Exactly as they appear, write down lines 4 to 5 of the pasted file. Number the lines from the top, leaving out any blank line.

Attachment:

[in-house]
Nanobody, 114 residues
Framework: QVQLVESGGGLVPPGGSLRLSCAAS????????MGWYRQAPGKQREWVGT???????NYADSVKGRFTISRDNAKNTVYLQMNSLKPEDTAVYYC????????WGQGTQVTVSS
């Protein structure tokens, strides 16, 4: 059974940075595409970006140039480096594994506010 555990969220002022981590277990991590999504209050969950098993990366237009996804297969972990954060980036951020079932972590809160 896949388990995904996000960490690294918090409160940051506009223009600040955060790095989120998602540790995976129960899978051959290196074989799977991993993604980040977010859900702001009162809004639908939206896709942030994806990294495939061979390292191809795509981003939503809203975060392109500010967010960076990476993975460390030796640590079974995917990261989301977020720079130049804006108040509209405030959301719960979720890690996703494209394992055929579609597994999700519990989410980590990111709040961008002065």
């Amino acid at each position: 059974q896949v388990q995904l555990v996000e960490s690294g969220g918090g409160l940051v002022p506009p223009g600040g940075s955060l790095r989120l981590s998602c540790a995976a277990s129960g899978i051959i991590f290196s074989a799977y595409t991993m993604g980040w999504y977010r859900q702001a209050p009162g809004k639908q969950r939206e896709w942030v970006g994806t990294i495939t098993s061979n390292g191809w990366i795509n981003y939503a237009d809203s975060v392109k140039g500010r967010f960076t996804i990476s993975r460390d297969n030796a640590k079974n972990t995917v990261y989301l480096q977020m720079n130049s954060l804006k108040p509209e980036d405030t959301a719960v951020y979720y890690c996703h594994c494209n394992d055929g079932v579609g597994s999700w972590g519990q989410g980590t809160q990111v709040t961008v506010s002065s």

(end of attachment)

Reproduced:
């Protein structure tokens, strides 16, 4: 059974940075595409970006140039480096594994506010 555990969220002022981590277990991590999504209050969950098993990366237009996804297969972990954060980036951020079932972590809160 896949388990995904996000960490690294918090409160940051506009223009600040955060790095989120998602540790995976129960899978051959290196074989799977991993993604980040977010859900702001009162809004639908939206896709942030994806990294495939061979390292191809795509981003939503809203975060392109500010967010960076990476993975460390030796640590079974995917990261989301977020720079130049804006108040509209405030959301719960979720890690996703494209394992055929579609597994999700519990989410980590990111709040961008002065």
């Amino acid at each position: 059974q896949v388990q995904l555990v996000e960490s690294g969220g918090g409160l940051v002022p506009p223009g600040g940075s955060l790095r989120l981590s998602c540790a995976a277990s129960g899978i051959i991590f290196s074989a799977y595409t991993m993604g980040w999504y977010r859900q702001a209050p009162g809004k639908q969950r939206e896709w942030v970006g994806t990294i495939t098993s061979n390292g191809w990366i795509n981003y939503a237009d809203s975060v392109k140039g500010r967010f960076t996804i990476s993975r460390d297969n030796a640590k079974n972990t995917v990261y989301l480096q977020m720079n130049s954060l804006k108040p509209e980036d405030t959301a719960v951020y979720y890690c996703h594994c494209n394992d055929g079932v579609g597994s999700w972590g519990q989410g980590t809160q990111v709040t961008v506010s002065s």